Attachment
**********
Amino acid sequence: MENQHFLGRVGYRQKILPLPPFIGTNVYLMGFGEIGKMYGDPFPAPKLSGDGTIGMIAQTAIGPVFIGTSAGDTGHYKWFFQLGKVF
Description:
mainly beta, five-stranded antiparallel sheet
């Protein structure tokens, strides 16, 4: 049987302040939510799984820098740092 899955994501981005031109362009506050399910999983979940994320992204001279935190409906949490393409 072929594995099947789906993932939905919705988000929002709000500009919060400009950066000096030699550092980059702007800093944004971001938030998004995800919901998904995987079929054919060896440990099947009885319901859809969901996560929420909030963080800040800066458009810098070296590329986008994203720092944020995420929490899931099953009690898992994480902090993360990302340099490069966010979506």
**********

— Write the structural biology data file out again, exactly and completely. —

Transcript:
Amino acid sequence: MENQHFLGRVGYRQKILPLPPFIGTNVYLMGFGEIGKMYGDPFPAPKLSGDGTIGMIAQTAIGPVFIGTSAGDTGHYKWFFQLGKVF
Description:
mainly beta, five-stranded antiparallel sheet
């Protein structure tokens, strides 16, 4: 049987302040939510799984820098740092 899955994501981005031109362009506050399910999983979940994320992204001279935190409906949490393409 072929594995099947789906993932939905919705988000929002709000500009919060400009950066000096030699550092980059702007800093944004971001938030998004995800919901998904995987079929054919060896440990099947009885319901859809969901996560929420909030963080800040800066458009810098070296590329986008994203720092944020995420929490899931099953009690898992994480902090993360990302340099490069966010979506």